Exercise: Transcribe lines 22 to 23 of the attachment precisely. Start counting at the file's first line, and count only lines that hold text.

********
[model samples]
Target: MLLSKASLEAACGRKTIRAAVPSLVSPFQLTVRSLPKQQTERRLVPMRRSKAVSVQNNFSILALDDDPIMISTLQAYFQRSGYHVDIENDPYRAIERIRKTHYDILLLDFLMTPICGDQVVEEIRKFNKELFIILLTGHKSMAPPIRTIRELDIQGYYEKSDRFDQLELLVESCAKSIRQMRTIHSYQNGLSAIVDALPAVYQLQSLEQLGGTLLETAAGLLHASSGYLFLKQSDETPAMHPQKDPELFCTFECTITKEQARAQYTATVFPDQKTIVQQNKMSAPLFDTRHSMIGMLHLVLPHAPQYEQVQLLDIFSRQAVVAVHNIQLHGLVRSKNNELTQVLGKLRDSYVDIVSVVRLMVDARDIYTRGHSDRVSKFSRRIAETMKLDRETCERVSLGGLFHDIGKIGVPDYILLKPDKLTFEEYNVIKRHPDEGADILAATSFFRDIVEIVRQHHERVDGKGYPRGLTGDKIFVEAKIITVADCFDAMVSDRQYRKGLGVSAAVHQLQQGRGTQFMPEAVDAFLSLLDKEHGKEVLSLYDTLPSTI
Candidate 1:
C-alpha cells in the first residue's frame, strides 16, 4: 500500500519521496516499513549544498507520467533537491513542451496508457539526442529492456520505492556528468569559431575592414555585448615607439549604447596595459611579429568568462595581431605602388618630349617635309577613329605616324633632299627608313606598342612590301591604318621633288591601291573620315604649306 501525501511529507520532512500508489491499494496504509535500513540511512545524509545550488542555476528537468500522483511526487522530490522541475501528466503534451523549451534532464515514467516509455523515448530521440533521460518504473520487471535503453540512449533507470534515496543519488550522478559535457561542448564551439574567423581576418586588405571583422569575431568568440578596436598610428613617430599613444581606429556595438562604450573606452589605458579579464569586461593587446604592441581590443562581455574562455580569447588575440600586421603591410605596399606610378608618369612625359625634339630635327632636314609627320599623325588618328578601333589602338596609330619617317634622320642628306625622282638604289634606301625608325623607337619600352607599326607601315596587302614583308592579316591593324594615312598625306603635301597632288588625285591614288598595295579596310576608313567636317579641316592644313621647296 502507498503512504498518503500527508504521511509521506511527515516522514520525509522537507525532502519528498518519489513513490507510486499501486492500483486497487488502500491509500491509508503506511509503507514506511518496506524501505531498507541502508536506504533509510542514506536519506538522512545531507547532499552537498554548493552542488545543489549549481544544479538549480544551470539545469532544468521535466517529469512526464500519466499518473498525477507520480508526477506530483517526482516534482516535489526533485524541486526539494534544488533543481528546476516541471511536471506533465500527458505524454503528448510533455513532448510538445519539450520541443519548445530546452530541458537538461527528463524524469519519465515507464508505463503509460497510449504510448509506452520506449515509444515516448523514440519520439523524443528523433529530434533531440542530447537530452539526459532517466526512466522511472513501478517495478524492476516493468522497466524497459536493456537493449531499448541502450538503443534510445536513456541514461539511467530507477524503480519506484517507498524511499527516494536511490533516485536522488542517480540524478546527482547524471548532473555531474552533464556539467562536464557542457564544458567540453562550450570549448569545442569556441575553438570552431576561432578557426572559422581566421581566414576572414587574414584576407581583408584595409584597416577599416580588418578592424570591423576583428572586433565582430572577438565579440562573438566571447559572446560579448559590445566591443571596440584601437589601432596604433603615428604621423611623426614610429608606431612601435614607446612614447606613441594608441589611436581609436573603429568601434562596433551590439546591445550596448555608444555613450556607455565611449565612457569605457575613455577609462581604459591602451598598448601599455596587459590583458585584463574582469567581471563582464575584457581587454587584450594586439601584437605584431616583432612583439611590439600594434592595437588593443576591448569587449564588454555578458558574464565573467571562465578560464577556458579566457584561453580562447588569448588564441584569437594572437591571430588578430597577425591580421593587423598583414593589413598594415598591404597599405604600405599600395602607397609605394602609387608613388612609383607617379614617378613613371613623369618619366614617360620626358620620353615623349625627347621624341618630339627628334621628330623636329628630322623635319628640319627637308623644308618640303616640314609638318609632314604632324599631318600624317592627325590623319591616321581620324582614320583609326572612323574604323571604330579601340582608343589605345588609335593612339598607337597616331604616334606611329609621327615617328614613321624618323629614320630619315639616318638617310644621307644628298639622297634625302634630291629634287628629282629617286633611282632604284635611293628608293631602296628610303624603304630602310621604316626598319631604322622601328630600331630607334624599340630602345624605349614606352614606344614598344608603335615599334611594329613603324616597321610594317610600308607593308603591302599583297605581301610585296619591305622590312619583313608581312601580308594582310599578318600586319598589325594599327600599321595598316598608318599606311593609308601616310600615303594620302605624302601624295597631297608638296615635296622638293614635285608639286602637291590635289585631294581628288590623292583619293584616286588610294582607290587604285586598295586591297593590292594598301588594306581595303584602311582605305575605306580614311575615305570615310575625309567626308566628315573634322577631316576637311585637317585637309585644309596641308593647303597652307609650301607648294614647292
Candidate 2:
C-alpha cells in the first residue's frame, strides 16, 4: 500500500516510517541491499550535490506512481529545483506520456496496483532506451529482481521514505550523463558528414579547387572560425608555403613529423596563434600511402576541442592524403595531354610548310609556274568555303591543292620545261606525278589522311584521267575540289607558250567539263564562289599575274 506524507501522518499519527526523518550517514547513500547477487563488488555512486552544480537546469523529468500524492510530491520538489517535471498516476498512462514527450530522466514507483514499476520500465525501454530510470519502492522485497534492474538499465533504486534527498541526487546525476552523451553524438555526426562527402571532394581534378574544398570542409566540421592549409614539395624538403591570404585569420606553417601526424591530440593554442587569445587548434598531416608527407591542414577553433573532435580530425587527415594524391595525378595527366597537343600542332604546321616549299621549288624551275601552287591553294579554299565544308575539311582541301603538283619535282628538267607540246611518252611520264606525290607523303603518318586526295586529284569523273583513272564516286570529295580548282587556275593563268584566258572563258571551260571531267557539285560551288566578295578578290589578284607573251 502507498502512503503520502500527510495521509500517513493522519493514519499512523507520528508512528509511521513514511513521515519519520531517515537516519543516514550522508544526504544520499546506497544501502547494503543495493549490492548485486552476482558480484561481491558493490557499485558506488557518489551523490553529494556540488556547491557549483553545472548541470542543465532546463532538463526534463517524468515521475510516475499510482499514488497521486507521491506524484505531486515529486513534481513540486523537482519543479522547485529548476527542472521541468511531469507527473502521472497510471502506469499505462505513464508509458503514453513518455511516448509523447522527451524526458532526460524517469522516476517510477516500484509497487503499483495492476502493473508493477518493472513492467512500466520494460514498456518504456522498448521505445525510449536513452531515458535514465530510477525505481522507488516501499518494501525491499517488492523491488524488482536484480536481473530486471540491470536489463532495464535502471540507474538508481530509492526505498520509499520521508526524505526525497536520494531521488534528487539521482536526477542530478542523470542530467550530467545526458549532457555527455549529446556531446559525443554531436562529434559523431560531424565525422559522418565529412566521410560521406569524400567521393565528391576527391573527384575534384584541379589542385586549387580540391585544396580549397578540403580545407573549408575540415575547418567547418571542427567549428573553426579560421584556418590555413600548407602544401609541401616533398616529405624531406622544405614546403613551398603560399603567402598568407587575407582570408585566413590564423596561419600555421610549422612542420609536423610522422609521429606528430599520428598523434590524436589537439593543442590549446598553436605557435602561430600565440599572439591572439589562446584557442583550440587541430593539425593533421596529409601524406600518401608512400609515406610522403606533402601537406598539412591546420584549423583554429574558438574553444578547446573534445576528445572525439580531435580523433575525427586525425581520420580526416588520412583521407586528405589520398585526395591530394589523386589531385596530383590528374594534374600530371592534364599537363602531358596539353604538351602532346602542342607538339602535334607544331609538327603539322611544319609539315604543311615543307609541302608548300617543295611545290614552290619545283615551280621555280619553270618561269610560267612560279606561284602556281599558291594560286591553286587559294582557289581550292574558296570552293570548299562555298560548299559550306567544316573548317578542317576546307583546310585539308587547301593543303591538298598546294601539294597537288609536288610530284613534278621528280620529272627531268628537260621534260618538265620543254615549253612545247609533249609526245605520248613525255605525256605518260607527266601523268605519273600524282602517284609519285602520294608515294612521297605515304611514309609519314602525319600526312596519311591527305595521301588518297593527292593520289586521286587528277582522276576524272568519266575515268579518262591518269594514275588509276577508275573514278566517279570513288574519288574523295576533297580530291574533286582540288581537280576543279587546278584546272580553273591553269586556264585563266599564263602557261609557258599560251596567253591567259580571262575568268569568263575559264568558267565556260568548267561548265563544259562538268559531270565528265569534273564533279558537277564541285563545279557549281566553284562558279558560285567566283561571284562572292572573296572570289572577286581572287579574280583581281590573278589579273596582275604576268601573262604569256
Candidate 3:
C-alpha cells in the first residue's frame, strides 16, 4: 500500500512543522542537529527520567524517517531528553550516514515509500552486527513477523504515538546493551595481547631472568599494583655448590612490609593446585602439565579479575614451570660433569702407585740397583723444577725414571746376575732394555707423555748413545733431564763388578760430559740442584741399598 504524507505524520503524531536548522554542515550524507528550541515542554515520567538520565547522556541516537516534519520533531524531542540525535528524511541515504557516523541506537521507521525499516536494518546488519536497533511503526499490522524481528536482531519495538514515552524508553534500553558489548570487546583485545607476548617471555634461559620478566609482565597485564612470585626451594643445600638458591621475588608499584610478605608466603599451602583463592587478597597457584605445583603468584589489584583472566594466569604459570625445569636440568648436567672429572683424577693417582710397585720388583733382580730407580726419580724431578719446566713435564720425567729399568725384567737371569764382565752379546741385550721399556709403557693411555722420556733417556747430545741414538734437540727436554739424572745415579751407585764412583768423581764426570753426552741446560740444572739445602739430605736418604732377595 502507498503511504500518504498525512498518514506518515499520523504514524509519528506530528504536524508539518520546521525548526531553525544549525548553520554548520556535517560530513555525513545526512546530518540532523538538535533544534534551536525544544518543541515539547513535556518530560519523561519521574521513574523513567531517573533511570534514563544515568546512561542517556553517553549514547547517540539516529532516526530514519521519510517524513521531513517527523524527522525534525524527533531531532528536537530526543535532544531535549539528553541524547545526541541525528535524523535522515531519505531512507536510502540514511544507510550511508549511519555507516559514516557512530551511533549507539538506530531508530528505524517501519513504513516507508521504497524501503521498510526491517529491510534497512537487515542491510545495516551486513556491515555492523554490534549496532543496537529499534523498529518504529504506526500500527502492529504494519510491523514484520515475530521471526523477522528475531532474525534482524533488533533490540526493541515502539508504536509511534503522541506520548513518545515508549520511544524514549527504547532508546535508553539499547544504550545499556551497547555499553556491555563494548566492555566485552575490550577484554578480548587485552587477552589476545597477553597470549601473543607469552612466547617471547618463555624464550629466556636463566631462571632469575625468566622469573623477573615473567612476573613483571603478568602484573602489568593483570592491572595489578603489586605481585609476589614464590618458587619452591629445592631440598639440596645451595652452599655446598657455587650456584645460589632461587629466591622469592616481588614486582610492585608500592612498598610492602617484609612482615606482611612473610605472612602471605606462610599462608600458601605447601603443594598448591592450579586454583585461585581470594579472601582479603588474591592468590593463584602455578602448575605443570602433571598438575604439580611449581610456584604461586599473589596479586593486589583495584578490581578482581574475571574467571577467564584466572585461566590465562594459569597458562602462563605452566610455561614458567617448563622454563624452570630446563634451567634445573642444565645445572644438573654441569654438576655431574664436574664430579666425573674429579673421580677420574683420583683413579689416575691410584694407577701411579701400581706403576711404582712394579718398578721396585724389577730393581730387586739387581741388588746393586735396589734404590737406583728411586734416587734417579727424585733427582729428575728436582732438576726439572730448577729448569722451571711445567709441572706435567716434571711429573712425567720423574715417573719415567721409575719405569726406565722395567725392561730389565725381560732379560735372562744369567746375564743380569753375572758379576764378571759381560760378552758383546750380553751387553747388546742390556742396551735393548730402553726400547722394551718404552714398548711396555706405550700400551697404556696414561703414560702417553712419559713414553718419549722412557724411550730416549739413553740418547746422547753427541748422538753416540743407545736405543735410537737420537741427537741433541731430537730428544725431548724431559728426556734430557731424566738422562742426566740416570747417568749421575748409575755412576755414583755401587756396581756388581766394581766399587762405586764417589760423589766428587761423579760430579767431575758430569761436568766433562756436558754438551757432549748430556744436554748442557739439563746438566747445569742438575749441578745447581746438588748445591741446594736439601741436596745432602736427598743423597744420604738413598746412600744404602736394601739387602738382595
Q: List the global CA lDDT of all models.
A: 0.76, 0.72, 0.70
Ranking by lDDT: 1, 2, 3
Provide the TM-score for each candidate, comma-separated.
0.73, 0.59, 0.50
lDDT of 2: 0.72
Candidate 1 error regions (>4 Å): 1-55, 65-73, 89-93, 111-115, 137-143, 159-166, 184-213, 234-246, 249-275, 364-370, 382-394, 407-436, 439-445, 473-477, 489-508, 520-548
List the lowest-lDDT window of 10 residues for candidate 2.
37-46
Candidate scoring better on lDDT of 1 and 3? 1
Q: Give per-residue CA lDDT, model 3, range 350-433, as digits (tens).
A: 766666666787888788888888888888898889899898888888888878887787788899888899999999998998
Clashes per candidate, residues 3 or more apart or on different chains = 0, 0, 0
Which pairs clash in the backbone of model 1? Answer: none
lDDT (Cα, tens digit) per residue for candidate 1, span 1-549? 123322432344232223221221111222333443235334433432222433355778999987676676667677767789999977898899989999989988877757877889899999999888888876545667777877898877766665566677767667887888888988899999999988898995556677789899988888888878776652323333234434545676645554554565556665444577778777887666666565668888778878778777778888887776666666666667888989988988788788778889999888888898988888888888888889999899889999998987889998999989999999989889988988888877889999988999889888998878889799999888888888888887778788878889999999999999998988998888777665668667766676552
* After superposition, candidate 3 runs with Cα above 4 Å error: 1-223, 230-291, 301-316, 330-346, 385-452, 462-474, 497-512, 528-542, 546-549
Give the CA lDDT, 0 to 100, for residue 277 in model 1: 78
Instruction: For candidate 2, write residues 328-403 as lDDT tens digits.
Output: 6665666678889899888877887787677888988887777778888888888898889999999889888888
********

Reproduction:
Which pairs clash in the backbone of model 1? Answer: none
lDDT (Cα, tens digit) per residue for candidate 1, span 1-549? 123322432344232223221221111222333443235334433432222433355778999987676676667677767789999977898899989999989988877757877889899999999888888876545667777877898877766665566677767667887888888988899999999988898995556677789899988888888878776652323333234434545676645554554565556665444577778777887666666565668888778878778777778888887776666666666667888989988988788788778889999888888898988888888888888889999899889999998987889998999989999999989889988988888877889999988999889888998878889799999888888888888887778788878889999999999999998988998888777665668667766676552